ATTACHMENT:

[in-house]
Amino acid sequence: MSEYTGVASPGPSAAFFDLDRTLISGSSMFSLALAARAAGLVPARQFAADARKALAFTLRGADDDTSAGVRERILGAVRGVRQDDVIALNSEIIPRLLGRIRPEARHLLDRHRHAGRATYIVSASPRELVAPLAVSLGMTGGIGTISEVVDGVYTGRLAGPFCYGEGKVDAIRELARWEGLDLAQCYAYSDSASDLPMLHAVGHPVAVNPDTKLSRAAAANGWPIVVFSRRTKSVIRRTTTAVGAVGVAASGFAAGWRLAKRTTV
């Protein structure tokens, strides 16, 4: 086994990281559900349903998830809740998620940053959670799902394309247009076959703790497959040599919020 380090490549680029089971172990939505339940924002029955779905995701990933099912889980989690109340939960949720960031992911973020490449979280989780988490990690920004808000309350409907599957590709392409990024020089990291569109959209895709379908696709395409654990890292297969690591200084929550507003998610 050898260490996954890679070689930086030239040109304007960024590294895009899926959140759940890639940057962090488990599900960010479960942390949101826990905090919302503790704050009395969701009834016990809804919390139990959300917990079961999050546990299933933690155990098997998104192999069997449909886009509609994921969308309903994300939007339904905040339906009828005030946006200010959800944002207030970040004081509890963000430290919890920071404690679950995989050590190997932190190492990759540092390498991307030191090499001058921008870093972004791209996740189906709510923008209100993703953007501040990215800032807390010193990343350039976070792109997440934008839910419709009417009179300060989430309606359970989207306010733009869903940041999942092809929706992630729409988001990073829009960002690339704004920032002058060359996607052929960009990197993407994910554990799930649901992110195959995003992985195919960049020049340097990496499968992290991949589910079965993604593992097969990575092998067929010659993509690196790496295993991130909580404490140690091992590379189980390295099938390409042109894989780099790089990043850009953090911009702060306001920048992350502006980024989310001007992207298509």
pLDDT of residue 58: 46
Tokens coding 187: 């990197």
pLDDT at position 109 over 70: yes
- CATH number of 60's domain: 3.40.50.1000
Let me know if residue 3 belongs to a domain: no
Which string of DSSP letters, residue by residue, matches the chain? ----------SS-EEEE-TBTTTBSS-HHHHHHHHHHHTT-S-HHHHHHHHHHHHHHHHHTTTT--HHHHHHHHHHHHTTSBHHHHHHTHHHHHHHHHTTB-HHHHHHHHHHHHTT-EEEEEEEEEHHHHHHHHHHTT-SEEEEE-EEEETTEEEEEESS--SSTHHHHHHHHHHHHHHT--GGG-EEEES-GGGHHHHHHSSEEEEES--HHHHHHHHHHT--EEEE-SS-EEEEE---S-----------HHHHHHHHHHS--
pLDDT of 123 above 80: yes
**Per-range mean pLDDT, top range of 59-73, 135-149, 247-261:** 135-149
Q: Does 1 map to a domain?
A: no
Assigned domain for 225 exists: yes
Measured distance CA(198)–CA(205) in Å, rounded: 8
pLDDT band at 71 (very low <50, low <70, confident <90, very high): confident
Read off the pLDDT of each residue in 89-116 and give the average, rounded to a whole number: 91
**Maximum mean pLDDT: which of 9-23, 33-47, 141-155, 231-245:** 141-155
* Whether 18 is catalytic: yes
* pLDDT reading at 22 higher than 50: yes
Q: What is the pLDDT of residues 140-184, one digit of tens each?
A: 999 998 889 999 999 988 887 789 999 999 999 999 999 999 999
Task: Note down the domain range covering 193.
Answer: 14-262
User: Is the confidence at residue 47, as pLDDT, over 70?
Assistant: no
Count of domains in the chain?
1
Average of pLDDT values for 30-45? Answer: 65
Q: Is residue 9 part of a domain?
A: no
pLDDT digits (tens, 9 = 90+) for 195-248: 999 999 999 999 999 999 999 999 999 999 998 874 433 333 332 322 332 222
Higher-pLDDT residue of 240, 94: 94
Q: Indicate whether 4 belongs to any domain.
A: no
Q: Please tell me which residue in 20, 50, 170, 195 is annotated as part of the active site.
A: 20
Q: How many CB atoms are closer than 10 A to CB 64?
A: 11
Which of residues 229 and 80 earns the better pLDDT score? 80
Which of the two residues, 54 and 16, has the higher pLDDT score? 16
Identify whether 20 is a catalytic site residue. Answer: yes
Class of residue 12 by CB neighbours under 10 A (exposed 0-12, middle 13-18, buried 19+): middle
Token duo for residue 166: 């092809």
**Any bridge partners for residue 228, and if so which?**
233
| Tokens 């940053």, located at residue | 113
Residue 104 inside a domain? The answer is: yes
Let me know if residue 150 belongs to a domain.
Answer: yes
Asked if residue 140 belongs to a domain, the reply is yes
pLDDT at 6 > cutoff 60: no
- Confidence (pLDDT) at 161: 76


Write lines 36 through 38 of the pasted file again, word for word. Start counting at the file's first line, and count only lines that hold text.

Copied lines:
Q: Please tell me which residue in 20, 50, 170, 195 is annotated as part of the active site.
A: 20
Q: How many CB atoms are closer than 10 A to CB 64?